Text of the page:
One Week of Twitter :: Revisited

On October 24, 2008, in public relations, social networking, by Barbara Nixon

In September, my Corporate PR students at Georgia Southern University were given the One Week of Twitter Assignment. Most of the students started their adventures with Twitter a similar feeling. They typically had two types of confusion: confusion about how Twitter works and confusion about why there is any value in Twitter. One student even commented in class and in her blog, “At first I didn’t like it…I thought oh great another stalking tool.”

What did they get out of the assignment? Here are a few of their comments:

When I was first given the assignment I wasn’t quite sure what I had gotten myself into. However, I’m really glad that my Corporate PR professor had given us an opportunity to explore this GREAT social network. Twitter has taught me an entire new way to be connected to people. Reina Heard

I would definitely recommend becoming involved in Twitter; it is an experience that can help you gain contacts in the field that you are interested in as well as making an online reputation that will help you in the future. Megan Piper

My personal advice for anyone who hasn’t yet gotten into Twitter would be to join up, secure your username and play around with it for a while. Michael Tarver [NOTE: Take the time to click through and read Michael’s whole post, where he describes his impressions of Twitter’s possibilities, limitations and usefulness.]

Last week I was working on an important presentation and was having difficulty coming up with ideas to get the audience involved… so I turned to Twitter. I asked a direct question relating to audience involvement and within two hours I had four replies. I used the tips and my presentation was a success! Heather Atha

I have already made contacts through the site and Twitter is officially a part of my everyday life. I would recommend this site to anyone who is interested in networking and expanding their social horizons. Becoming an active tweeter has made me more interested in using other social media sites, and I am more involved online all together because of this experience. Kelli Martin

I used Twitter and my comment showed up on Current.com [during a presidential debate]! That’s exciting. William Foster

Using Twitter on my mobile allowed me to see immediate reaction of others on these topics. I found this especially fascinating; because as I viewed an event unfold I could watch others response to the event. This allowed to somewhat observe the cognitive faculties that are employed in one’s opinion formation process. Donovan Sharkey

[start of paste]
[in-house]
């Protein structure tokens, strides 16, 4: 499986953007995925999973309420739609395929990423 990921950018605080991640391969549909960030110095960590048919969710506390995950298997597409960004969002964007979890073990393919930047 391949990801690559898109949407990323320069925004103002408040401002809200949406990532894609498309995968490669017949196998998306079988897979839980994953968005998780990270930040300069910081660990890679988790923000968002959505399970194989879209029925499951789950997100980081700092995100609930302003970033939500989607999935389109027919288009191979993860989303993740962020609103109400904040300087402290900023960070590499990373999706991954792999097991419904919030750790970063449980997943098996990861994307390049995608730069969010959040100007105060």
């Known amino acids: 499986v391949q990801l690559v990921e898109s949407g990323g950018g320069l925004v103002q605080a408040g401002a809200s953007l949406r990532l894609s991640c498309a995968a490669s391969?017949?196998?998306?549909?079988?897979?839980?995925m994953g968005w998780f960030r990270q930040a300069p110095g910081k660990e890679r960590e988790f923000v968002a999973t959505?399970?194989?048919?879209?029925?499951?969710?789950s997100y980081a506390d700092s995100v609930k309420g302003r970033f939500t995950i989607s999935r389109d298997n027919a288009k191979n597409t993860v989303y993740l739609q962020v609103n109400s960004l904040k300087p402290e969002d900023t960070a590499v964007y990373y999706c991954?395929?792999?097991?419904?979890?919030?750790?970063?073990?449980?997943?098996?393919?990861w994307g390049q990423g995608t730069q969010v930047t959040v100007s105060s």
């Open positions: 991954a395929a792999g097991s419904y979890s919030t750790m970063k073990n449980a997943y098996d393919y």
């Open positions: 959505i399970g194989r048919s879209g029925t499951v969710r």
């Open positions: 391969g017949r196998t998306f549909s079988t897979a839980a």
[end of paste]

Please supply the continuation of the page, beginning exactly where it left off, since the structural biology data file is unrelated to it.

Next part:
Of course, not all the students found Twitter to be something they’d like to continue even after the assignment was over. Here’s one final comment that is similar to several criticisms that I read in their blogs:

I personally did not like Twitter because I have a hard enough time finding time to check my e-mail or my school account. I think Twitter is a wonderful networking site for the professional world but not for me at this point in my life. Lauren Jackson

Will I continue to use One Week of Twitter as an assignment in my public relations classes? Definitely. And do I recommend that my students continue to use Twitter? Definitely. [Students: See Twitter for College Students: 7 Tips Plus a Bonus.]

Questions about how I used this assignment?



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2 Responses to One Week of Twitter :: Revisited

  1. Bill Sledzik says:

    Thanks for blazing a trail on this, Barbara. We’ve been kicking around ways to incorporate Twitter into our PR Online Tactics class. Still not sure how Twitter fits into PR strategy (aside from being a listening post), but it’s certainly valuable in terms of making professional contacts. While I hate that term “personal brand,” Twitter certainly helps you extend it. Use with care! @billsledzik

  2. Rodd Lucier says:

    I’d been waiting to hear the results of your students’ experience, and though I’m not really surprised by the way many of your students have taken to Twitter, I am surprised that a number seem to see it as a purely professional tool. I suspect that this speaks to the learning experience you’ve crafted, and to the way they’ve seen you use this tool. Did you by chance employ Group Tweet (http://grouptweet.com/)?

    I had thought they might see other ways the technology could be harnessed to address academic or social needs. As new tools continue to amplify Twitter’s usefulness, I suspect your students will become more and more regular users of this service. To keep ‘in-the-loop’ on new developments, I recommend they keep tabs on Everything Twitter (http://everythingtwitter.com/).

    Thanks so much for sharing this story, I’m sure other tweeting educators will be interested in the results…

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